Phishing and Higher Education: What You Need to Know

August 2023

Across the field of higher education, security threats run rampant. This is especially true as more schools than ever are relying on virtual/online platforms. Within the last couple of years especially, attacks on schools and other educational institutions have significantly increased. This is especially true regarding phishing attacks carried out against school faculty, administration, and students.

University Phishing Attacks on the Rise

The Federal Trade Commission (FTC) issued a consumer alert in April of 2021 after an increase in phishing attacks aimed at college students was discovered. Specifically, scammers have been emailing students and claiming to have important information about their tax refunds.

These emails contain a link that, when clicked, asks for personal information that includes full names, Social Security numbers, birthdates, and even driver’s license numbers. This information, if provided, is then used by hackers to steal identities. In some cases, personal information from students is being sold to a market of more identity thieves.

This is just one example of a recent rise in phishing schemes against schools. Another example, which was also seen around April of 2021, involves college ransomware attacks. Specifically, hackers carried out a series of phishing and ransomware attacks against schools, including the University of California, the University of Colorado, and the Stanford University School of Medicine.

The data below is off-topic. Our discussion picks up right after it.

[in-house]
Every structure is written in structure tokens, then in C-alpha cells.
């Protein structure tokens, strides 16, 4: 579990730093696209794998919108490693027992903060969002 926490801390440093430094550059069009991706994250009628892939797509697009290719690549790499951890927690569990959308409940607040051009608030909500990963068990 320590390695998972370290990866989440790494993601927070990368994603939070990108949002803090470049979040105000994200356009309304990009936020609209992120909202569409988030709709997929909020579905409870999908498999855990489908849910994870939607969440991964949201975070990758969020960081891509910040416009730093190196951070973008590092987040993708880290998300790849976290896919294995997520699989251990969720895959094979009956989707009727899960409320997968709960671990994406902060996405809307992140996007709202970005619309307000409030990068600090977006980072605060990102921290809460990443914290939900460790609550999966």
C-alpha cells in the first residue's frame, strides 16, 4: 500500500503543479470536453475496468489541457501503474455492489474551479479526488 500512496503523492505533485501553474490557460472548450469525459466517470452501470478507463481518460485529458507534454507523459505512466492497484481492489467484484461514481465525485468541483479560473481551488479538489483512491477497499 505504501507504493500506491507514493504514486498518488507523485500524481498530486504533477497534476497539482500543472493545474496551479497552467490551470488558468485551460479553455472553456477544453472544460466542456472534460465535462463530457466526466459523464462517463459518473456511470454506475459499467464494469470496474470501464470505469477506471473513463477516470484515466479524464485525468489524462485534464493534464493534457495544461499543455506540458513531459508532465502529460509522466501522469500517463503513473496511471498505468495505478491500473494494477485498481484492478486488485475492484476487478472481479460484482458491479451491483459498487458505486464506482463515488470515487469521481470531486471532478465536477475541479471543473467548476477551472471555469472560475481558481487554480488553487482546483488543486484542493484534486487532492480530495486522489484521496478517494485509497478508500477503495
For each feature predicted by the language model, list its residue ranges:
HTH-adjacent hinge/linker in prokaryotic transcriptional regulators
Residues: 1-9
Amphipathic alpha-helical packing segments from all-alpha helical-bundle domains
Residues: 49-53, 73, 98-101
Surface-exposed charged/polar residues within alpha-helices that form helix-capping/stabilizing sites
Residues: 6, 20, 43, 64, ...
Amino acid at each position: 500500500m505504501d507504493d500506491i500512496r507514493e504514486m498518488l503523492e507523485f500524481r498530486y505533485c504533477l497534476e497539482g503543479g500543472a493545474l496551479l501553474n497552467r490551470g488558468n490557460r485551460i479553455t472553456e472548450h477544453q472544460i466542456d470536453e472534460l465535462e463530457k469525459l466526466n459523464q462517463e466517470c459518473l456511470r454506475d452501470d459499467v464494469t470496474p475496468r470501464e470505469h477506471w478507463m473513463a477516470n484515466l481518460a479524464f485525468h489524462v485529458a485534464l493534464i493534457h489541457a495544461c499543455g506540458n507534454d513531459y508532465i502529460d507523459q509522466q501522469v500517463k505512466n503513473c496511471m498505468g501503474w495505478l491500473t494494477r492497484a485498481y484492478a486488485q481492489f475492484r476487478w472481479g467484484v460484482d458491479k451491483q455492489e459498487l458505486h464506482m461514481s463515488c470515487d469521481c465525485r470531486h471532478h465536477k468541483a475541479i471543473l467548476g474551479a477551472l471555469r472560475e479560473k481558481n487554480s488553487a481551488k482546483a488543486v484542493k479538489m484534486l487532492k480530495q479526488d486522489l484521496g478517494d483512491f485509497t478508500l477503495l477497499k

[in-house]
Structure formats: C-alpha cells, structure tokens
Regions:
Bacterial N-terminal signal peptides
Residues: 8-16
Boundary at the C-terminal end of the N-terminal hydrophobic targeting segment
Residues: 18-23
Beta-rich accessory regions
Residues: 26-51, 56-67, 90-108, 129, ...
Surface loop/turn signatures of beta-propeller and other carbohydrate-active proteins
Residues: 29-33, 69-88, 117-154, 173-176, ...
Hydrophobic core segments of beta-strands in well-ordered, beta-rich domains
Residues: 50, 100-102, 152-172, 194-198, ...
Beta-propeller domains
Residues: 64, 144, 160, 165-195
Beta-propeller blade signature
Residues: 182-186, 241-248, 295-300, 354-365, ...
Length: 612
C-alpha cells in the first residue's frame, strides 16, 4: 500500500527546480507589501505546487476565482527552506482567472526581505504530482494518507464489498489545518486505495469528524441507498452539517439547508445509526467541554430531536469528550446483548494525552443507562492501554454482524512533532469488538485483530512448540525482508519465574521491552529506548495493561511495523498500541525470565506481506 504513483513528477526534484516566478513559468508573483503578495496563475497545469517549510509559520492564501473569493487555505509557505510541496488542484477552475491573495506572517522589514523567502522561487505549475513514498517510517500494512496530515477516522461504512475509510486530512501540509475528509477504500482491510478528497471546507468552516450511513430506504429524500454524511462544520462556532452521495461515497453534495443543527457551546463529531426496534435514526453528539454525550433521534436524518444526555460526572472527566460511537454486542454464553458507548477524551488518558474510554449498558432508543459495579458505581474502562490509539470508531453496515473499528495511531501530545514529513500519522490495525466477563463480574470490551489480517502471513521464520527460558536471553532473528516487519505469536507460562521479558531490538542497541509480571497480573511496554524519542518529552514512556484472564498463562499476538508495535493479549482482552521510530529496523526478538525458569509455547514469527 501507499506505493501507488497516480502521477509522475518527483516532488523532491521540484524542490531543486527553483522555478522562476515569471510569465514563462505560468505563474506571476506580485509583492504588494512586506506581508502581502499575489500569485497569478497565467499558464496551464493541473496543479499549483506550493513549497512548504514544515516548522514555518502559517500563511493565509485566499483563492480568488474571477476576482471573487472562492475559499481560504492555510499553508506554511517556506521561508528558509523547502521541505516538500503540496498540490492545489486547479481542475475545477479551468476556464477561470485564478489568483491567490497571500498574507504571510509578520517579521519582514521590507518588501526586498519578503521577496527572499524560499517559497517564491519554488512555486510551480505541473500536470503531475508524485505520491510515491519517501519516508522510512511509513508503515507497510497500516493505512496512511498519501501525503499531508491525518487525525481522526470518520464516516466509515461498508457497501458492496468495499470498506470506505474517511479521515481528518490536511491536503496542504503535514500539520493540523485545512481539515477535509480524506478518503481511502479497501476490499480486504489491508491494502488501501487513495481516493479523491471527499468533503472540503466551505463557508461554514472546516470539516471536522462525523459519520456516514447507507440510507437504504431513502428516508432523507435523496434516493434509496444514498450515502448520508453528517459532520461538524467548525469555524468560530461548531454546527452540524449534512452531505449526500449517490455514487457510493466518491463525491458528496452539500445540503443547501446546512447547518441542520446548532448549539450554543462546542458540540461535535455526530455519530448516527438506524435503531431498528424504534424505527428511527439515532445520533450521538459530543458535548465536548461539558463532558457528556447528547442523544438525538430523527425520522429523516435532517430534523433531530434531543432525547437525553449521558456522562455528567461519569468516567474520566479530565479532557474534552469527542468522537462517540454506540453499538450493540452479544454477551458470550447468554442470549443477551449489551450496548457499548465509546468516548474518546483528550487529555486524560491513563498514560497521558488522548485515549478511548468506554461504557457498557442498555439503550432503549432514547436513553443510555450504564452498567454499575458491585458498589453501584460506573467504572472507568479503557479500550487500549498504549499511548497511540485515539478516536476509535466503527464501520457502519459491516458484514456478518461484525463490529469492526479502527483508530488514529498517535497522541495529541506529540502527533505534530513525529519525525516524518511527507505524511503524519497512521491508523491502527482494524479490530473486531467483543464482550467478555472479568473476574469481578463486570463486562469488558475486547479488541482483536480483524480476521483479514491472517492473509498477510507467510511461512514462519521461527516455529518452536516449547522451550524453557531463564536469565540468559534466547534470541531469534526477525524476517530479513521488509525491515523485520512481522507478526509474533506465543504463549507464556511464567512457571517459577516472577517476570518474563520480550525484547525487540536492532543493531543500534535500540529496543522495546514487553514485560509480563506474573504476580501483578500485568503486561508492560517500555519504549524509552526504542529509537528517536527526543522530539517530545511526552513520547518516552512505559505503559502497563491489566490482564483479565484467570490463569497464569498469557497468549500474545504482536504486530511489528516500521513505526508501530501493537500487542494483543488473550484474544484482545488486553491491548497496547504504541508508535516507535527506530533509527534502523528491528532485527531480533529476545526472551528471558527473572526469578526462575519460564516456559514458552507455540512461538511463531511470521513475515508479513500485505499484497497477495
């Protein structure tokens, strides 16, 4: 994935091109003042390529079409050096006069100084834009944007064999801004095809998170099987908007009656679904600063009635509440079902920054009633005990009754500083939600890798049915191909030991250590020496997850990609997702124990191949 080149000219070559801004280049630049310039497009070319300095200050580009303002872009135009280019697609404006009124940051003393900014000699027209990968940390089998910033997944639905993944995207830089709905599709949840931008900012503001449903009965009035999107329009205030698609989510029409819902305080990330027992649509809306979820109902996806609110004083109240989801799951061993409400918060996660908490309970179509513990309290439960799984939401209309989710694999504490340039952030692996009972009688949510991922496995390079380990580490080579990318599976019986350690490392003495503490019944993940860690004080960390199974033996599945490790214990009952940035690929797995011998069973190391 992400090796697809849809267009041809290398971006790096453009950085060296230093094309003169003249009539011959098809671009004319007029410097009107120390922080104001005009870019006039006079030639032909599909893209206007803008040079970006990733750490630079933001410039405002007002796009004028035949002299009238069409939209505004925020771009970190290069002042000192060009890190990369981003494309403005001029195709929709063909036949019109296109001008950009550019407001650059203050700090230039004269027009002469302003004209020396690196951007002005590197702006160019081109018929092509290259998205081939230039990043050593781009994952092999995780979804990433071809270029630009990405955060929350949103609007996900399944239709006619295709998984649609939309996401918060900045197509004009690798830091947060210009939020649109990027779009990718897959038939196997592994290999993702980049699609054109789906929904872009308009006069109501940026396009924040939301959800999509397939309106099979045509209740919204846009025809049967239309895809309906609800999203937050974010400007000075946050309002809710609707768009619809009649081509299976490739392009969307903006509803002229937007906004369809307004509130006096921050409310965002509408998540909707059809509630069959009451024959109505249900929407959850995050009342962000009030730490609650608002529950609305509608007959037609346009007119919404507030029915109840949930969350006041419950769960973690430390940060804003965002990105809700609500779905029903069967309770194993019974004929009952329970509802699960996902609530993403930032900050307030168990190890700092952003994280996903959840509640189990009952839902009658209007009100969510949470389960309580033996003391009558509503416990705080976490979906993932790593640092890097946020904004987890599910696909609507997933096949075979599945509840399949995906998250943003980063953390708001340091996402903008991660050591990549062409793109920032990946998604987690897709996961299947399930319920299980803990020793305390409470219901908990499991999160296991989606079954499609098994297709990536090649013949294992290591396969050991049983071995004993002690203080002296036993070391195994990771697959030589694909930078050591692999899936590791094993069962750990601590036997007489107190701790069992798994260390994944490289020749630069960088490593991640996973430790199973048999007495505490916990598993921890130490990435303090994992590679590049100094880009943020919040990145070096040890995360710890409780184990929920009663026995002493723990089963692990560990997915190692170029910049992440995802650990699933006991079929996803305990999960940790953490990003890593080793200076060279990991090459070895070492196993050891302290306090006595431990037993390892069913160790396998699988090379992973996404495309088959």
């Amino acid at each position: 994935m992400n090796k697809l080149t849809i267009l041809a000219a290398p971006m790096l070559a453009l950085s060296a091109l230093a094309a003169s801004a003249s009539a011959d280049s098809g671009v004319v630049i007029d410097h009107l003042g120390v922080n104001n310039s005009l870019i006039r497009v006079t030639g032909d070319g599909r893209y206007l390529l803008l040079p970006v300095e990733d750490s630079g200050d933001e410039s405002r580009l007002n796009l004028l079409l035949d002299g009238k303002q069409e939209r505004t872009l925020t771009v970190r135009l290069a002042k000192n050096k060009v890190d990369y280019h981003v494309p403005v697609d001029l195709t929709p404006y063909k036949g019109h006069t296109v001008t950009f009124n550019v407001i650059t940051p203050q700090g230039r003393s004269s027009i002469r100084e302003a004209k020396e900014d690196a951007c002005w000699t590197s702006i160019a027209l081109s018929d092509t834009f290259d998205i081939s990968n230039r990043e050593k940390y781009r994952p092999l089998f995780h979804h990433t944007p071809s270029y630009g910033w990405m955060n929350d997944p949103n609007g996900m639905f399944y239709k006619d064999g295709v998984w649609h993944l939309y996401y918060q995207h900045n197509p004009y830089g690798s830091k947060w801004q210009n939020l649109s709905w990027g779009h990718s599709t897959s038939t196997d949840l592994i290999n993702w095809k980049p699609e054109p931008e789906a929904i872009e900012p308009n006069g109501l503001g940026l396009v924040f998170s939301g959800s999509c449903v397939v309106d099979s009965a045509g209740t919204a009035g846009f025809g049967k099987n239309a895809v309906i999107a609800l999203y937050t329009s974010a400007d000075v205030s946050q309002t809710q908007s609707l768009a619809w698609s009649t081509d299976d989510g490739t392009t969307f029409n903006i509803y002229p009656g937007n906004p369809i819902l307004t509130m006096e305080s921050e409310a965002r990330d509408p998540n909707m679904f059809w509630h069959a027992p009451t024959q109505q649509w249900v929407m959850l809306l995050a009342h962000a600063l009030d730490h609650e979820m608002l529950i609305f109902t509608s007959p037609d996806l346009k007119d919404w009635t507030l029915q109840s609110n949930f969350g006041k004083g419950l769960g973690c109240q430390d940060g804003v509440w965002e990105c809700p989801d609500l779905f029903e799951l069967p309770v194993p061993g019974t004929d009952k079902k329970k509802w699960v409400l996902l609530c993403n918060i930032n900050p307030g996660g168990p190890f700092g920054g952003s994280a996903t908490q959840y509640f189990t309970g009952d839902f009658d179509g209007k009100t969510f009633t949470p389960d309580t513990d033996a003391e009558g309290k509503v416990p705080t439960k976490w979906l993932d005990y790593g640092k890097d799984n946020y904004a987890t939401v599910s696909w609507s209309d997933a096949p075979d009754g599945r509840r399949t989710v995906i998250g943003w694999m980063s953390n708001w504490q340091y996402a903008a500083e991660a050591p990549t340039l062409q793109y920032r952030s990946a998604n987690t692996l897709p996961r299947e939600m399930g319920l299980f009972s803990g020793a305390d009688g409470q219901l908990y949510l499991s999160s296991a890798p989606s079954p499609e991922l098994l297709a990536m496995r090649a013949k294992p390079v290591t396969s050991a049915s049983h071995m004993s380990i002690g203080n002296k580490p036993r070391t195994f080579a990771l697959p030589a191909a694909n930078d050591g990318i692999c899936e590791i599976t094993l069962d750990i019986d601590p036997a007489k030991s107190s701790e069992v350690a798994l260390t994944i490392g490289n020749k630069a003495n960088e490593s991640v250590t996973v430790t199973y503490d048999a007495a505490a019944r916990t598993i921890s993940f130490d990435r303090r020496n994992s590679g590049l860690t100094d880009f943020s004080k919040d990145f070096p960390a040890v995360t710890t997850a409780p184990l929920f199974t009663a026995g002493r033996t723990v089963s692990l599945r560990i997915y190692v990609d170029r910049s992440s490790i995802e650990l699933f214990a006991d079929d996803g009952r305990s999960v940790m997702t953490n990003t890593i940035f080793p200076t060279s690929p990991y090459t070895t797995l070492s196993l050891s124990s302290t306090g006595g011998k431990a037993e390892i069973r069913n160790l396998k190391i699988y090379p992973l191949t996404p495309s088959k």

With these attacks, information of students and employees (such as Social Security numbers and financial data) was obtained by hackers through a phishing scheme. The hackers threatened to post/share this information if they did not pay a ransom. Sadly, this trend of demanding a ransom payment in exchange for securing stolen data is not new—but it is a problem plaguing the world of education more than ever.

How Can Students Protect Themselves?

With instances of phishing and ransomware attacks on the rise in colleges and schools across the globe, students have a greater responsibility to protect themselves. Likewise, colleges and universities should provide extensive and high-quality cybersecurity training for students and faculty alike.

To reduce the risk of falling victim to a phishing attack, students should always be careful about clicking on links or opening attachments within emails. Even if an email seems like a trusted source, it’s always best to air on the side of caution. Students who receive an email from somebody claiming to represent the IRS or another government agency should reach out to that agency directly via telephone to confirm whether the communication is legitimate.

Schools Can Increase Security With Dedicated Hosting

While some of the burdens lie on students to protect their personal information, schools indeed share some responsibility to keep student data safe. One of the best ways to improve security at any school is using dedicated hosting for education. ReliableSite is here to help, so reach out today.